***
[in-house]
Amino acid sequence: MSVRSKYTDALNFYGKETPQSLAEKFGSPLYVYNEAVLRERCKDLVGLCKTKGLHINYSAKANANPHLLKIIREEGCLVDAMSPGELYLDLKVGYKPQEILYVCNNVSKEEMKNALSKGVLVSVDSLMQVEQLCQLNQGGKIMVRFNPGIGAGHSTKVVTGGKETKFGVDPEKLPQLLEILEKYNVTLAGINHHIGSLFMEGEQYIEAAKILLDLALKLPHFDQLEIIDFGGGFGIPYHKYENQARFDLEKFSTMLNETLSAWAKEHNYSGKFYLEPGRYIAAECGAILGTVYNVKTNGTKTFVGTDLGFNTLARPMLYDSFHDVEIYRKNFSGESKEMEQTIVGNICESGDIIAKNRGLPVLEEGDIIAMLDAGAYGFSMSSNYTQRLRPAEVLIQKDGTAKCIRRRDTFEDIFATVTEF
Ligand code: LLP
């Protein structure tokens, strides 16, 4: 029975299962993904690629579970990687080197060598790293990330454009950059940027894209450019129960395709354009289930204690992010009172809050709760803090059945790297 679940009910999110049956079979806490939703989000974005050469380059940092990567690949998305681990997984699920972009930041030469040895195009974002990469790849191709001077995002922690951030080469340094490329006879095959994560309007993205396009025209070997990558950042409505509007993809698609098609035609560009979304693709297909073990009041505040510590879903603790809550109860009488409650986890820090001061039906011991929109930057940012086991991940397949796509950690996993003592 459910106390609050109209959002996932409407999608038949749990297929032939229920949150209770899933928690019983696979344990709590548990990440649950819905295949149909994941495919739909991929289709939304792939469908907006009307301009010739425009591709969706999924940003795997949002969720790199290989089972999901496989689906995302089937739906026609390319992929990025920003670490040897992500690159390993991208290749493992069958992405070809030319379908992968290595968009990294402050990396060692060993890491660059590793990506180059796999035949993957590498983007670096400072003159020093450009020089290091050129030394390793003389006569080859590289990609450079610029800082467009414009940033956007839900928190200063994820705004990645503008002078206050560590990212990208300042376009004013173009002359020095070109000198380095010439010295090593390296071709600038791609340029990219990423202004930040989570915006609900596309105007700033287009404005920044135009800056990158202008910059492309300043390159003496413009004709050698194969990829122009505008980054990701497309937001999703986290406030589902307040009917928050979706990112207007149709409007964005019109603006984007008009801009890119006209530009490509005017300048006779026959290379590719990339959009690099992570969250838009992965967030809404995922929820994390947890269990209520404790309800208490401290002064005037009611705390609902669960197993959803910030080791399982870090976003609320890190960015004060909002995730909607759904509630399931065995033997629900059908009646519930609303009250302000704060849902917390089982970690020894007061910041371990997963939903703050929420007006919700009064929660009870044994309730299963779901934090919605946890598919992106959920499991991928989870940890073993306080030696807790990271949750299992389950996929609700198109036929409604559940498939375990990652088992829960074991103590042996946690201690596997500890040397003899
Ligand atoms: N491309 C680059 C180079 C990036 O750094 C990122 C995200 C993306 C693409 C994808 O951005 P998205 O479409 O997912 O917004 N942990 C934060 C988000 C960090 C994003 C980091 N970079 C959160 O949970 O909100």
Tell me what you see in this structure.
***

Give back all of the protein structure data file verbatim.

[in-house]
Amino acid sequence: MSVRSKYTDALNFYGKETPQSLAEKFGSPLYVYNEAVLRERCKDLVGLCKTKGLHINYSAKANANPHLLKIIREEGCLVDAMSPGELYLDLKVGYKPQEILYVCNNVSKEEMKNALSKGVLVSVDSLMQVEQLCQLNQGGKIMVRFNPGIGAGHSTKVVTGGKETKFGVDPEKLPQLLEILEKYNVTLAGINHHIGSLFMEGEQYIEAAKILLDLALKLPHFDQLEIIDFGGGFGIPYHKYENQARFDLEKFSTMLNETLSAWAKEHNYSGKFYLEPGRYIAAECGAILGTVYNVKTNGTKTFVGTDLGFNTLARPMLYDSFHDVEIYRKNFSGESKEMEQTIVGNICESGDIIAKNRGLPVLEEGDIIAMLDAGAYGFSMSSNYTQRLRPAEVLIQKDGTAKCIRRRDTFEDIFATVTEF
Ligand code: LLP
């Protein structure tokens, strides 16, 4: 029975299962993904690629579970990687080197060598790293990330454009950059940027894209450019129960395709354009289930204690992010009172809050709760803090059945790297 679940009910999110049956079979806490939703989000974005050469380059940092990567690949998305681990997984699920972009930041030469040895195009974002990469790849191709001077995002922690951030080469340094490329006879095959994560309007993205396009025209070997990558950042409505509007993809698609098609035609560009979304693709297909073990009041505040510590879903603790809550109860009488409650986890820090001061039906011991929109930057940012086991991940397949796509950690996993003592 459910106390609050109209959002996932409407999608038949749990297929032939229920949150209770899933928690019983696979344990709590548990990440649950819905295949149909994941495919739909991929289709939304792939469908907006009307301009010739425009591709969706999924940003795997949002969720790199290989089972999901496989689906995302089937739906026609390319992929990025920003670490040897992500690159390993991208290749493992069958992405070809030319379908992968290595968009990294402050990396060692060993890491660059590793990506180059796999035949993957590498983007670096400072003159020093450009020089290091050129030394390793003389006569080859590289990609450079610029800082467009414009940033956007839900928190200063994820705004990645503008002078206050560590990212990208300042376009004013173009002359020095070109000198380095010439010295090593390296071709600038791609340029990219990423202004930040989570915006609900596309105007700033287009404005920044135009800056990158202008910059492309300043390159003496413009004709050698194969990829122009505008980054990701497309937001999703986290406030589902307040009917928050979706990112207007149709409007964005019109603006984007008009801009890119006209530009490509005017300048006779026959290379590719990339959009690099992570969250838009992965967030809404995922929820994390947890269990209520404790309800208490401290002064005037009611705390609902669960197993959803910030080791399982870090976003609320890190960015004060909002995730909607759904509630399931065995033997629900059908009646519930609303009250302000704060849902917390089982970690020894007061910041371990997963939903703050929420007006919700009064929660009870044994309730299963779901934090919605946890598919992106959920499991991928989870940890073993306080030696807790990271949750299992389950996929609700198109036929409604559940498939375990990652088992829960074991103590042996946690201690596997500890040397003899
Ligand atoms: N491309 C680059 C180079 C990036 O750094 C990122 C995200 C993306 C693409 C994808 O951005 P998205 O479409 O997912 O917004 N942990 C934060 C988000 C960090 C994003 C980091 N970079 C959160 O949970 O909100």
Tell me what you see in this structure.